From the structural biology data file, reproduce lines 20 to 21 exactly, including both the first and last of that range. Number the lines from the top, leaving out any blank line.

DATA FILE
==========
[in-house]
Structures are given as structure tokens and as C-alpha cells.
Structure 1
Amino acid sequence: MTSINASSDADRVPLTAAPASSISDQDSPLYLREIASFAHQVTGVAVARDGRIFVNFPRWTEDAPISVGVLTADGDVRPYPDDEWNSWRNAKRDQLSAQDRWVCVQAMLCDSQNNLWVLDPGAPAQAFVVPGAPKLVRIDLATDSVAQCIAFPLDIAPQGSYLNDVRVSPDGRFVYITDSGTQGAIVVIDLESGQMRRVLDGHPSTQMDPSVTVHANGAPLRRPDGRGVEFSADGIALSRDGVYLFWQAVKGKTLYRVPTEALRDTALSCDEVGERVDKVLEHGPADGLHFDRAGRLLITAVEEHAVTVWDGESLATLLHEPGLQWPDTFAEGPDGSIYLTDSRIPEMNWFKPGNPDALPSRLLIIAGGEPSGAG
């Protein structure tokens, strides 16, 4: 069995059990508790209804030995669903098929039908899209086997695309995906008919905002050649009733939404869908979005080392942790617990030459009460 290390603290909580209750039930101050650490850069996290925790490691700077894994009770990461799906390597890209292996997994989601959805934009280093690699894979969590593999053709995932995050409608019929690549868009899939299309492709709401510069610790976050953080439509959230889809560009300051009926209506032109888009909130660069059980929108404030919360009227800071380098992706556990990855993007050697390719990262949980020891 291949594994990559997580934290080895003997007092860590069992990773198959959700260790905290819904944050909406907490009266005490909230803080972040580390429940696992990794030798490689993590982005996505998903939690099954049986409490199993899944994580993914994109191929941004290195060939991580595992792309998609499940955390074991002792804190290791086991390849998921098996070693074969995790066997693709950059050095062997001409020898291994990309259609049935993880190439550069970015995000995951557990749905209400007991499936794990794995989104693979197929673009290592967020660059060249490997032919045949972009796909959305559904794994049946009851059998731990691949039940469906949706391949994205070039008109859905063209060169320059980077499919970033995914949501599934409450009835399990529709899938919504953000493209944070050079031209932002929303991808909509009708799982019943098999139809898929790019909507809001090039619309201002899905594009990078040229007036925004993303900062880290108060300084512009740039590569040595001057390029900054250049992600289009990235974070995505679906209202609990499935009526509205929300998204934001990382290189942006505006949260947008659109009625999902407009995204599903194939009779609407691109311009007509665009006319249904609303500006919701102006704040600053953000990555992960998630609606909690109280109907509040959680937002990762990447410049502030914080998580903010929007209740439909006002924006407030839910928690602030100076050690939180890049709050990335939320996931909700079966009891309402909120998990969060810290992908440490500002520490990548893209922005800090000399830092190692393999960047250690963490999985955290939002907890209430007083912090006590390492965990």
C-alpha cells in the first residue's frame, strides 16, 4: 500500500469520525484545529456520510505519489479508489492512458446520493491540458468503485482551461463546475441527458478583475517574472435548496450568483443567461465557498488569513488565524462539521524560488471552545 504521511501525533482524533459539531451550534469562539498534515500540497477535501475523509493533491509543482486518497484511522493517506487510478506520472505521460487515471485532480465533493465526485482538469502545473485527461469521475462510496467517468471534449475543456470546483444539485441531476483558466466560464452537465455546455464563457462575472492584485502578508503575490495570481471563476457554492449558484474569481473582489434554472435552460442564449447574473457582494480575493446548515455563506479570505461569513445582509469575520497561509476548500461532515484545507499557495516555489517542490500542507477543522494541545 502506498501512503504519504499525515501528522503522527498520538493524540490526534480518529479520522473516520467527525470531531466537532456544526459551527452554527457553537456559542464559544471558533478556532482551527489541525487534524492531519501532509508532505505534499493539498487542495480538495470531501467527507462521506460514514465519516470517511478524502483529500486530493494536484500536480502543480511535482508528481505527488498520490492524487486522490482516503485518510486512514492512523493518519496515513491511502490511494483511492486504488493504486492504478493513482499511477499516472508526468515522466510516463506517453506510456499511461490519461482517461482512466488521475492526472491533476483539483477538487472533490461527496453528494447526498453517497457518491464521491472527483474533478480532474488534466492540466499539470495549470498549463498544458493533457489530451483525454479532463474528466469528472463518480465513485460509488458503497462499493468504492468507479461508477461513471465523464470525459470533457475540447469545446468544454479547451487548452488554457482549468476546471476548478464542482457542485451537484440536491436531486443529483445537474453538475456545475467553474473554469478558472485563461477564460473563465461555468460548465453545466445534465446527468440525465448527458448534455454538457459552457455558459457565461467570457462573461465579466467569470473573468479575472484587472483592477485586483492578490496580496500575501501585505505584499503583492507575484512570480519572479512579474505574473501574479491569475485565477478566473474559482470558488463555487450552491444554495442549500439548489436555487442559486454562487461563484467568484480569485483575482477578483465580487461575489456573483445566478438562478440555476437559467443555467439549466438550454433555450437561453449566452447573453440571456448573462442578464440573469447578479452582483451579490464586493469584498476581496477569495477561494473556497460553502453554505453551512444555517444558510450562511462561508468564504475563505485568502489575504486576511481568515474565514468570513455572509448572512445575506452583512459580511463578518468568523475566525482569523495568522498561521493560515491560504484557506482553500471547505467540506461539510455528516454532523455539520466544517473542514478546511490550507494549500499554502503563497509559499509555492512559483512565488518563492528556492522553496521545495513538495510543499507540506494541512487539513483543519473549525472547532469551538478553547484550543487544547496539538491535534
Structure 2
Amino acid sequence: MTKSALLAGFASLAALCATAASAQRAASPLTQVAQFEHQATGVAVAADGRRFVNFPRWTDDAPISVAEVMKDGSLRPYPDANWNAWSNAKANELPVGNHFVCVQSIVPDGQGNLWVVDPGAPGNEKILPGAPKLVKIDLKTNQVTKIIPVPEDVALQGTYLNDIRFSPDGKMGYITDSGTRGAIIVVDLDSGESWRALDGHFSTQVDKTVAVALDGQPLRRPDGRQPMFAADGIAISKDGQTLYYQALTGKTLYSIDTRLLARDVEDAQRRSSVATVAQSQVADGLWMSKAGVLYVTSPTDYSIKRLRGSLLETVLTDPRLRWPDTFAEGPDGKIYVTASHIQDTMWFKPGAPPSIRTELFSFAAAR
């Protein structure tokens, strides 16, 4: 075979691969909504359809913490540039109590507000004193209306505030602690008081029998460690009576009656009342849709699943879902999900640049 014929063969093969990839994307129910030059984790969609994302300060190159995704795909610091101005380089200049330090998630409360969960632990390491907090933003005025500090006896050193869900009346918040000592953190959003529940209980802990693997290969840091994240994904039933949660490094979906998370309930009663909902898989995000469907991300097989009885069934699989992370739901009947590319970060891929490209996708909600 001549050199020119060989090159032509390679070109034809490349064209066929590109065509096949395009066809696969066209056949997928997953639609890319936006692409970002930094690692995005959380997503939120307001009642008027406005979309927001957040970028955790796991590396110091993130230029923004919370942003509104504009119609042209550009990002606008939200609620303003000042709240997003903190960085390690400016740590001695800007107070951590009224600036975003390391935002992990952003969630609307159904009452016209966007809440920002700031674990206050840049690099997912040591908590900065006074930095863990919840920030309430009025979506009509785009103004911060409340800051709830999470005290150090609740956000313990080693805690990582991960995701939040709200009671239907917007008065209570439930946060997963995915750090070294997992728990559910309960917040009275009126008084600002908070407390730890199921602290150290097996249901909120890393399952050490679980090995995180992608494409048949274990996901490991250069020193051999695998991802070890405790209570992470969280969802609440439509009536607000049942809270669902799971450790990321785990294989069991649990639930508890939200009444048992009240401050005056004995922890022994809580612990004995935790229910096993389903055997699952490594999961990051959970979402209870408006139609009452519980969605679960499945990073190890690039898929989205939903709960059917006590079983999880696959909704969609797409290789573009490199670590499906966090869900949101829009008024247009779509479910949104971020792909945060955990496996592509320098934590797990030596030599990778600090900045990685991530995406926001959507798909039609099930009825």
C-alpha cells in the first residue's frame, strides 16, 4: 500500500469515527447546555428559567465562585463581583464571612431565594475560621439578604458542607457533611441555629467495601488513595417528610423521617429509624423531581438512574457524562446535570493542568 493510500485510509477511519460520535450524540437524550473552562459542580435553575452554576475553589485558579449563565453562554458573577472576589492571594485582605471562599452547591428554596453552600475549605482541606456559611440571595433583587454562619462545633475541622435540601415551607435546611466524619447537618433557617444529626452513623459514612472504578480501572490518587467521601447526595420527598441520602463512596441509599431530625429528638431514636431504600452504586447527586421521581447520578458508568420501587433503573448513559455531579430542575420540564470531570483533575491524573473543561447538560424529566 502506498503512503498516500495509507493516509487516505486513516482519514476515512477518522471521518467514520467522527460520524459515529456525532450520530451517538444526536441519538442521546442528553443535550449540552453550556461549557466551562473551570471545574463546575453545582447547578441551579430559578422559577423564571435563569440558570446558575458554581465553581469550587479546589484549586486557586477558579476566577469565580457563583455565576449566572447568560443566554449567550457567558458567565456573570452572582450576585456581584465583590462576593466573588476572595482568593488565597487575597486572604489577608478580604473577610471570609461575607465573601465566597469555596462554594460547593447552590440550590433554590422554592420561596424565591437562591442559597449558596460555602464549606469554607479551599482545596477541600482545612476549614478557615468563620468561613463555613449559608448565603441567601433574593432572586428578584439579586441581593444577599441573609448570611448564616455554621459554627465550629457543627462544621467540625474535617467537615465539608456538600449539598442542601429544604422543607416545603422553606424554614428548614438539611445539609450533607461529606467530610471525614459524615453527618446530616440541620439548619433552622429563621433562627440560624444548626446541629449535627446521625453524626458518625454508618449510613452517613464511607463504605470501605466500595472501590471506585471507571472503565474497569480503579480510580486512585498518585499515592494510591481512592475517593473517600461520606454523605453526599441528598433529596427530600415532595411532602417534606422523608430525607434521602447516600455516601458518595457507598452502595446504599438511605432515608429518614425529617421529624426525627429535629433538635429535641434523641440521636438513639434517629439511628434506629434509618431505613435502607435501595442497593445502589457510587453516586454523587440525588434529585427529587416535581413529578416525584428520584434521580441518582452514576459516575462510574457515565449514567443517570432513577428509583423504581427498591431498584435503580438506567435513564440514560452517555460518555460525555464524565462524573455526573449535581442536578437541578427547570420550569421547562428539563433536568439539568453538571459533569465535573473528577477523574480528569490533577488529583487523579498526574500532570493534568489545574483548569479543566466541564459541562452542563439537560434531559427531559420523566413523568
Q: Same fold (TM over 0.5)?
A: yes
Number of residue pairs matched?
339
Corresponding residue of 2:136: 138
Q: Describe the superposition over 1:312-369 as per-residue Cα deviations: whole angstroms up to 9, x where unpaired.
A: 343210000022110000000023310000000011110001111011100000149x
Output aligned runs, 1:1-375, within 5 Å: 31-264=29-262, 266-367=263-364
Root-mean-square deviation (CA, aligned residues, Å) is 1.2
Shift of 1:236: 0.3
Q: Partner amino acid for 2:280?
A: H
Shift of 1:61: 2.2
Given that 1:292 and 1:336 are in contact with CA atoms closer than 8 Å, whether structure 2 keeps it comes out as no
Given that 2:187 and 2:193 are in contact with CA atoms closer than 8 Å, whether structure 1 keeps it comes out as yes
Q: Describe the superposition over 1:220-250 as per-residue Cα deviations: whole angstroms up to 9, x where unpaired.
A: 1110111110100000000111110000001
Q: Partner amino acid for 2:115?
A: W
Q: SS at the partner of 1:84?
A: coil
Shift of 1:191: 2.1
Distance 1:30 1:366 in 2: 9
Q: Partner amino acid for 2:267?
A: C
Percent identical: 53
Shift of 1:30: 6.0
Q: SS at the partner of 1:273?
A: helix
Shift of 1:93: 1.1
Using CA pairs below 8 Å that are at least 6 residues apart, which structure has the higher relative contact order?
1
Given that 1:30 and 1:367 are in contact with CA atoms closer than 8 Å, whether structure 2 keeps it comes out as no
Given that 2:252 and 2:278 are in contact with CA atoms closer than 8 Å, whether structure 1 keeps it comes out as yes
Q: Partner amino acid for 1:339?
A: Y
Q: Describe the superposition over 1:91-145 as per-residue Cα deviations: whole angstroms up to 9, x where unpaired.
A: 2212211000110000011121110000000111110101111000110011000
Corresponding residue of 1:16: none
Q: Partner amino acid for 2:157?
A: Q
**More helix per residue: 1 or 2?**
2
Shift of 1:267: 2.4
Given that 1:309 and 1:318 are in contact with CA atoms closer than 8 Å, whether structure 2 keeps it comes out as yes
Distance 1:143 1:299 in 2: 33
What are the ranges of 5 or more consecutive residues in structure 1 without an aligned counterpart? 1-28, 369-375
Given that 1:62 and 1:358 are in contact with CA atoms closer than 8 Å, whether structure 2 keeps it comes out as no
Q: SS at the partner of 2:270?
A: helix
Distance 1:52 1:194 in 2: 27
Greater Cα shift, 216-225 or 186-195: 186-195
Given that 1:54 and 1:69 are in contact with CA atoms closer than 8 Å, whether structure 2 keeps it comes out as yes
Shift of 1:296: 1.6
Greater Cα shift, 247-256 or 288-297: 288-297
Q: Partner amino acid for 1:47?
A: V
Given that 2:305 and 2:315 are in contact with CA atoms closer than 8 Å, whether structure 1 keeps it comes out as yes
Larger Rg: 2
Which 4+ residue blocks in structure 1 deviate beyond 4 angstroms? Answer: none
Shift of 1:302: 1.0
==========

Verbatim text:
Shift of 1:236: 0.3
Q: Partner amino acid for 2:280?